under the shelter tent and dancing. Big
accomplishment on such a nasty day.
I wasn't sure what to expect from
Pharaoh Sanders. Sanders was one of
the men who picked up the free jazz
torch after the death of John Coltrane.
His music is often wild and unpre-
dictable, involving strange instrumen-
tation and saxophone playing that is
aggressive, bordering on violent. But I
was pleasantly surprised. The first two
tunes were free jazz, but in the most
genteel sense of those words. Free jazz
is often hard to listen to because its
energy seems both boundless and
pointless. But Sanders' music was
filled with positive energy, at the risk
of sounding like hippie. The last two
tunes before the encore were actually
danceable. The first was a laid-back
Latin number with Sanders leading a
call and response with the audience
and living it up with various auxiliary
percussion instruments like a dement-
ed grandfather. The second was a funk
tune. Really, an honest to God Pharaoh
Sanders funk tune. And it was really
good too. A damn fine capper to the
second day.
Day Three, Gallup Park
The third day was vastly improved
from Saturday. Sadly, due to logistical
problems, I missed the first act. But
the second band, local titans Big Dave
and the Ultrasonics played their hearts
out, as if they we're capable of any
less. Opening the set with Louis
Prima's "Jump, Jive and Wail" they
had a good chunk of the crowd doing
just that before the end of the tune.
Songs like "Where'd You Learn To
Shake It Like That" and "No Sweat"
showed off Dave Morris' harp chops
(and new spiffy haircut), Ben Wilson's
tasty ivory tickling and "Big" Dave
Morris' smoky vocals. Big Dave and
the Ultrasonics continue to be the epit-
ome of high energy jump blues. Bless
those boys.
The Dave Douglas String Group.
Um, I'd rather not talk about it. Let's
just say if you see Dave coming to your
town, run.
Following Douglas was Corey
Harris, a one-man army of dreadlocks
and dobro. His set tore out of the gate
with an incendiary "Gonna Get My
Religion" and never let up. He moved
effortlessly from Bukka White stom-
pers like "Do The Jitterbug" to west
African-flavored workouts like "Jungle
Partner." He also managed to call forth

Luther Allison plays the blues at Gallup Park on Sunday.


the somber, almost demonic side of the
blues that is almost lost these days with
tunes like "Death-letter Blues" and "5-
0 Blues" (his composition). Harris has
one of the rare gifts of the blues, incor-
porating both the sinner and the saved
in his music.
Luther Allison. What can one say
about such a man? Returning to the
festival after his now legendary 1972
festival appearance, Allison put on a
show that never let the crowd touch the
ground for a minute. Even though he
showed up late due to a mistake with
his transportation, he crammed the full
allotment of blues power into his
somewhat compressed set. Allison
proved just how deadly the Buddy guy,

them school of the blues can be.
Leading the crowd through massive,
dense 10- to 15- minute tunes with
numbing crescendos and mesmerizing
bridges, Allison even simulated a con-
versation with his reluctant wife, using
his guitar tremolo as the whine of her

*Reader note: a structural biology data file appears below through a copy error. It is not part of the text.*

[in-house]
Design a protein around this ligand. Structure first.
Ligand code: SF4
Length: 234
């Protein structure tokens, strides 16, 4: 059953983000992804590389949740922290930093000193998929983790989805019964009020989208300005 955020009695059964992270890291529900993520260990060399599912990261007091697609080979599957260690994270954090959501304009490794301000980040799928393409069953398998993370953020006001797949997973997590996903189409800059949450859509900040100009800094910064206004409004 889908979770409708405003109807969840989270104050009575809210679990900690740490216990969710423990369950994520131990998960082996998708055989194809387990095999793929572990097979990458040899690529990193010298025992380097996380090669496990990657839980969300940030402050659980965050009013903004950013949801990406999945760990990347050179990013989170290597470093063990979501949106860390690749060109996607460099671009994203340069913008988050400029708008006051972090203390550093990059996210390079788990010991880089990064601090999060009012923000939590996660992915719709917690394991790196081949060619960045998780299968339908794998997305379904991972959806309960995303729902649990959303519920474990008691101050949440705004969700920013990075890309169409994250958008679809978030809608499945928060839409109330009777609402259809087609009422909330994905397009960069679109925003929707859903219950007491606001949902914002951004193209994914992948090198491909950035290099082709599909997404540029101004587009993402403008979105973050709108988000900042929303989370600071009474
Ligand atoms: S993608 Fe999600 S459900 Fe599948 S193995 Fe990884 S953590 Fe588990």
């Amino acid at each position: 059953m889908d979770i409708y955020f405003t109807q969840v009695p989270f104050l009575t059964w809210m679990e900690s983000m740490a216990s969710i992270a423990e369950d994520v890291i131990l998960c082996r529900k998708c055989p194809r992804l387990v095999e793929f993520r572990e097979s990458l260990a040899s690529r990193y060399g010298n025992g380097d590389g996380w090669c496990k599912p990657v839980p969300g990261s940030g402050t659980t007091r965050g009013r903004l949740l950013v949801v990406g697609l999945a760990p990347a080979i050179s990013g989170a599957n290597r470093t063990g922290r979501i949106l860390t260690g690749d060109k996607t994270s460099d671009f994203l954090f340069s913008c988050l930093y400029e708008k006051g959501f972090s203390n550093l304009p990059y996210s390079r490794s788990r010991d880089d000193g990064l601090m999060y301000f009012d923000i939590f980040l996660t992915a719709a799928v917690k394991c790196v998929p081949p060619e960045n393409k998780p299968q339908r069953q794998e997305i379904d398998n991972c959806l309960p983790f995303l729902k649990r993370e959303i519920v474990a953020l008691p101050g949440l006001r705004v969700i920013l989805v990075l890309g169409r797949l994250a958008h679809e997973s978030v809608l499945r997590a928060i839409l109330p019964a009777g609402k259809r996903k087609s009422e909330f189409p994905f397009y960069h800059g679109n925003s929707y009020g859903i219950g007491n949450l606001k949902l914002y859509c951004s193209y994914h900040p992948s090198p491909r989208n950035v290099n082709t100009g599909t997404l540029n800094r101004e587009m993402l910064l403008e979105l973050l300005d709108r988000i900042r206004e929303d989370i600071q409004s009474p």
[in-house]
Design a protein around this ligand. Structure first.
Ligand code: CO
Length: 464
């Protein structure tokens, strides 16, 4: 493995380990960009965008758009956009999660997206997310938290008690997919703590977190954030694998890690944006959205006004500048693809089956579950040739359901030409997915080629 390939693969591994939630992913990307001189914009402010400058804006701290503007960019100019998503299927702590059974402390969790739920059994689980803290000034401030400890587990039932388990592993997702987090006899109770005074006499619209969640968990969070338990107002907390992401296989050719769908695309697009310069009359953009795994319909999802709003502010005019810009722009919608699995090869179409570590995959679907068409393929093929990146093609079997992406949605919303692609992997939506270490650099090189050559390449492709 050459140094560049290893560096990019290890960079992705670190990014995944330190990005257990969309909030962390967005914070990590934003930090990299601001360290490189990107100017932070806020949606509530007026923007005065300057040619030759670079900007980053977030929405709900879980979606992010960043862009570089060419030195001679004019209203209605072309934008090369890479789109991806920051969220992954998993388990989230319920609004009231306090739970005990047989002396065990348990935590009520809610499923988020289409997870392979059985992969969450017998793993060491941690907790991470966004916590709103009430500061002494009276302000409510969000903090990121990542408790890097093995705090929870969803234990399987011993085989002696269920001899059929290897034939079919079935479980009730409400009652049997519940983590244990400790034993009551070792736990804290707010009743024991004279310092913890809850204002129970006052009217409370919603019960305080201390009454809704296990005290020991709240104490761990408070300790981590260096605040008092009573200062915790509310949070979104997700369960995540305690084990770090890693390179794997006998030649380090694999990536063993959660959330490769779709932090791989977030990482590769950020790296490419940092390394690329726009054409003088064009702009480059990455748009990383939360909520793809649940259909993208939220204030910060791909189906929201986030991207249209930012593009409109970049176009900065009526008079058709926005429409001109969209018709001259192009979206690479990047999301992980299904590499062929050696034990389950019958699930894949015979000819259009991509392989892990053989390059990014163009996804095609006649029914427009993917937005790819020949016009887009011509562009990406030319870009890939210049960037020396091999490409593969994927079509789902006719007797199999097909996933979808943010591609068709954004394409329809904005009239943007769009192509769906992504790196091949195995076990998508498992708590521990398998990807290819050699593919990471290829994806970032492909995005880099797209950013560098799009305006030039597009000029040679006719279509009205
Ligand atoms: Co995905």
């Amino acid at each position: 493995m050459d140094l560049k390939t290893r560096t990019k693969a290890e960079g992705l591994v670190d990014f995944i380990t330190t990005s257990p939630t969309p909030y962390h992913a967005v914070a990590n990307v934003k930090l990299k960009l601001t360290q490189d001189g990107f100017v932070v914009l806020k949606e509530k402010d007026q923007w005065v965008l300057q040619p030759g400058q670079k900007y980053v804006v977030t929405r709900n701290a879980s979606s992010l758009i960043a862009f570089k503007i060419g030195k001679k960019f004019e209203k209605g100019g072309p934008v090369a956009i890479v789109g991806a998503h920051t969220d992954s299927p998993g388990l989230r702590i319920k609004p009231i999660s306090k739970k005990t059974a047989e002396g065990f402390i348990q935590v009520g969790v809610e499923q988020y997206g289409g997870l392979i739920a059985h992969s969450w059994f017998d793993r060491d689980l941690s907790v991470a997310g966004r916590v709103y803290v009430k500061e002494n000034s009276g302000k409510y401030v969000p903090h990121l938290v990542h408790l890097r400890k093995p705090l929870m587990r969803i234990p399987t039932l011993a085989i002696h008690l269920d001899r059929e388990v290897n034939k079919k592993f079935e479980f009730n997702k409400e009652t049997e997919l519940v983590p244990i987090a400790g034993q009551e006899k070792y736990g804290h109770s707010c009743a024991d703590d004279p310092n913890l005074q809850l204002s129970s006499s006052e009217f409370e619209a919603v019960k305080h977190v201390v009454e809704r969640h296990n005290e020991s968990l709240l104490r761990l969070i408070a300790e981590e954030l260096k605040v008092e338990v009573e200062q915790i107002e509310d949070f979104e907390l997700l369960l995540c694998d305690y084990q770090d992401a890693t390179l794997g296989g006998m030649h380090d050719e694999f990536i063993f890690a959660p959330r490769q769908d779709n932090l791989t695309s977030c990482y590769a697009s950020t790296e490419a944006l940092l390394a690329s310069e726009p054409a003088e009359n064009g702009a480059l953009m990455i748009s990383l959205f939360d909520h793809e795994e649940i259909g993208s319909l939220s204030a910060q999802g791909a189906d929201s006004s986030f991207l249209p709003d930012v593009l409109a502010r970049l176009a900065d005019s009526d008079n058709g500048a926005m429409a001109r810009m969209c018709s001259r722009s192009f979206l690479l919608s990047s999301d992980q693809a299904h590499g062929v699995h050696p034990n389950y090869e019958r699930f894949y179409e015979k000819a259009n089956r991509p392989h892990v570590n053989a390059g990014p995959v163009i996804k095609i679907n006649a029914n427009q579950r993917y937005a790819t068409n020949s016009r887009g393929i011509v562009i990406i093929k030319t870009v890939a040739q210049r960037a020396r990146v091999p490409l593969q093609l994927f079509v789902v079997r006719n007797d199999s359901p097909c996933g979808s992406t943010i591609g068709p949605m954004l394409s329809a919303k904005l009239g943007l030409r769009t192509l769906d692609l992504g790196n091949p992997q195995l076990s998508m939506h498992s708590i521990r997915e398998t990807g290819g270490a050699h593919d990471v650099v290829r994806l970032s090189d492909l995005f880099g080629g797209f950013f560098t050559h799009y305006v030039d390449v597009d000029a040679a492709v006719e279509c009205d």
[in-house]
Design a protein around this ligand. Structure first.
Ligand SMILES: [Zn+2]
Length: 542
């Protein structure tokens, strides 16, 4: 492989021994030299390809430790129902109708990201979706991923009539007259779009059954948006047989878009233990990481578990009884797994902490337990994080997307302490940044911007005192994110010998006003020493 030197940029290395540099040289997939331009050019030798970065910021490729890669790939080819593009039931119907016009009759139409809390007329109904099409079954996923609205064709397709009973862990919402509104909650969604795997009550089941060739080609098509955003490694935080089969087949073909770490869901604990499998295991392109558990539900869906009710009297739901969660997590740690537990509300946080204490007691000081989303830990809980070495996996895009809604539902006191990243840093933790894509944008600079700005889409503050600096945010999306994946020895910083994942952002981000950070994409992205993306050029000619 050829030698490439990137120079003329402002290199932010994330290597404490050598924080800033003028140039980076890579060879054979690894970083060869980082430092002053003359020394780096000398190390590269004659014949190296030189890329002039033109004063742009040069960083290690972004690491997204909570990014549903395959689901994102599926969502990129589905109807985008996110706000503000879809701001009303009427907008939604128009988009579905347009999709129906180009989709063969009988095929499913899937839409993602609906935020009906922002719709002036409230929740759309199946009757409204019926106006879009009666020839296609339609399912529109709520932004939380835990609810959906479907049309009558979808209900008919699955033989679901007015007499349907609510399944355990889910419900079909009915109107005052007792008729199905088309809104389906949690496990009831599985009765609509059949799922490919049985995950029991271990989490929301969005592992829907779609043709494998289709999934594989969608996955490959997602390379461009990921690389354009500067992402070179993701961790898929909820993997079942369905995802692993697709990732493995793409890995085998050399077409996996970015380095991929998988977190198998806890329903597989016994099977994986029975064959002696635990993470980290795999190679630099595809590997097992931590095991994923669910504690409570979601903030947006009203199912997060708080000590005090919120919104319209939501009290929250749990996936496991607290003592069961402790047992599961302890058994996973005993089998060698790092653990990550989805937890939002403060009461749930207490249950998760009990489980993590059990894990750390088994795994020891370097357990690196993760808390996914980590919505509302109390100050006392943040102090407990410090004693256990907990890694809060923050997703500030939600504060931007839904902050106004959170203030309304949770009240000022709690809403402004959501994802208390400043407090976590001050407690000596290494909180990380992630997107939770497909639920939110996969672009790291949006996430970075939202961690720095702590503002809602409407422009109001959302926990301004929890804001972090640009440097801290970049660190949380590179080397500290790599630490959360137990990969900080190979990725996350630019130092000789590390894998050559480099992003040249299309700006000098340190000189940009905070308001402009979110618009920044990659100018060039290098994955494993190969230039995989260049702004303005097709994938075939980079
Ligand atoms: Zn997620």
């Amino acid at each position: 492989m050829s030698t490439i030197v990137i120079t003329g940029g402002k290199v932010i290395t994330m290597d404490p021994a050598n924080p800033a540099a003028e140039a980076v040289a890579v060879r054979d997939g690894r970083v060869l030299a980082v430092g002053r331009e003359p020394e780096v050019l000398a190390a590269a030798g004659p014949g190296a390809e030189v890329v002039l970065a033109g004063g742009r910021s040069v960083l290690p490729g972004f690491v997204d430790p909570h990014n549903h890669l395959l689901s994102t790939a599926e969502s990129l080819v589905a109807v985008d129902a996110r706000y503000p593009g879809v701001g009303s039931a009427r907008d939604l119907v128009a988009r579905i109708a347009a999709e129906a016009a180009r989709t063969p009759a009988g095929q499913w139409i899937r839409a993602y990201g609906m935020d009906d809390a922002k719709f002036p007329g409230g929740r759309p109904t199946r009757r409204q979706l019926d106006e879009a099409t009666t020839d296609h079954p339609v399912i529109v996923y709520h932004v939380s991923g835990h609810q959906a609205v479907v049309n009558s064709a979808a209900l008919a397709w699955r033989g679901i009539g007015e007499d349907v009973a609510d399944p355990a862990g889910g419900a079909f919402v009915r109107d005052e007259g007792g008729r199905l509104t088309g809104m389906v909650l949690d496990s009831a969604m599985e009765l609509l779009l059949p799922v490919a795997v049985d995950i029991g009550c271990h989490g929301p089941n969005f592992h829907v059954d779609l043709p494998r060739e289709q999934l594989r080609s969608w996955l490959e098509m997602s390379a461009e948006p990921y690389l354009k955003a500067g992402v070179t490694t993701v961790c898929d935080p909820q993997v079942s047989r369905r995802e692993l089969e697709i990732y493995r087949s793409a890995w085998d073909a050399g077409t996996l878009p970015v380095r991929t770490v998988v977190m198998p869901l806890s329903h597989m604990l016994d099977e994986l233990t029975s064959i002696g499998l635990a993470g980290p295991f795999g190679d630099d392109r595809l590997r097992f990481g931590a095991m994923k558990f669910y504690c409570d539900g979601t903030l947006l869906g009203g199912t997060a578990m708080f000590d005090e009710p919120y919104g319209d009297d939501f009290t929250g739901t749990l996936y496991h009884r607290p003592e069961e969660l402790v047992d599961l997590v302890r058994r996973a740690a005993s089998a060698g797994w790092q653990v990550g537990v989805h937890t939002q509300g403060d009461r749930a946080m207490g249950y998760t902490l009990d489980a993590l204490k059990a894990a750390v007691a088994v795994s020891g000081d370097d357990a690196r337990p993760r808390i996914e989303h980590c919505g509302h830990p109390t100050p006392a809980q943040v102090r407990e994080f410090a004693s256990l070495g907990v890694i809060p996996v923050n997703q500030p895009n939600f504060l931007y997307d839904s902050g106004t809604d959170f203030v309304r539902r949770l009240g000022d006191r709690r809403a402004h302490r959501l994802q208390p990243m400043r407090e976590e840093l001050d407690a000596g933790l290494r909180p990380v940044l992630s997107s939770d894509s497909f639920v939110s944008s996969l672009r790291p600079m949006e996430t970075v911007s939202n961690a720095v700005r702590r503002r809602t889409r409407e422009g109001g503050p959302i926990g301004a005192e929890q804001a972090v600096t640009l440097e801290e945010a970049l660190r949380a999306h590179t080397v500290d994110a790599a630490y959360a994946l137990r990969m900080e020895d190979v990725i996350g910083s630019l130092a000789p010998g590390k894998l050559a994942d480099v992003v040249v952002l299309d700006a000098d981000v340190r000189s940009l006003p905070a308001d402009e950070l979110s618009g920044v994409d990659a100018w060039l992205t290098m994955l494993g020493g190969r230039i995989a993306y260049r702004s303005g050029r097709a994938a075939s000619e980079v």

voice. And in one of the better set
closers I've ever seen, he walked off
stage while still soloing (he was
hooked up to a radio mic) and was car-
ried around the crowd on the shoulders
of some lucky fan. Now that's a show-
And what to say about Maceo. I sup-
pose I could tell you that he played
"Pass the Peas," "Shake Everything You
Got," "Funky Good Time" and "Let's
Get It On." I could tell you how good

the bass and drums were. I could tell
you how his son came out and rapped
on a few songs and even danced 3vith
his father a little. But that would be bor-
ing and predictable.
What I'd rather tell you about is ihe
crowd. Every single person, from
wing to wing, was grinning like a
ghoul at a fat man's funeral. White,
black, young, old, aging hippie and
confused Community High freshman
- they were all putting their back-
fields in motion to the best of their
abilities. Maceo's show was a
reminder of what music can be' and
should be: an expression of our deep-
est joys and the blessed sonic tonic for
our souls. Or maybe it was just a
funky good time.

Maceo Parker Jazzes It up at Sunday's Blues and Jazz Festival.

Social Distortion rocks out on new LP

social Distortion
White Light White Heat
mhite Trash
550/Epic Records
Social Distortion, a name synony-
mous with punk ethic and attitude, has
returned to deliver yet another offering
of powerful tunes with their fifth
album, "White Light White Heat White
Although they've been around over
0 years, Social Distortion doesn't
bw any signs of slowing down or giv-
ing up. Like punk grandfather counter-
parts Bad Religion, Social D. went on
hiatus for much of the mid-'80s and
returned in 1988. Social D. differs from
Bad Religion, though, in that they are

done to those he's met and loved in
the past, and is now admitting his
errors. When Ness belts out "I was
wrong / Self-destruction's got me
again" so convincingly, you almost
wonder if the lyrics aren't totally
"Crown Of Thorns" reflects on what
love has meant to Ness in the past: "I
wish I knew then what I know now / It's

no bed of roses / It ain't no crown of
thorns / Better than lonely / I've been
there before." The most aggressive
track on the disc is the last track, a hid-
den one called "Under My Thumb,"
which really gets you hyped up to start
the disc over and listen to the whole
thing again.
- Colin Bartos

;: .... ., ,,.., ; . . .. .. s . .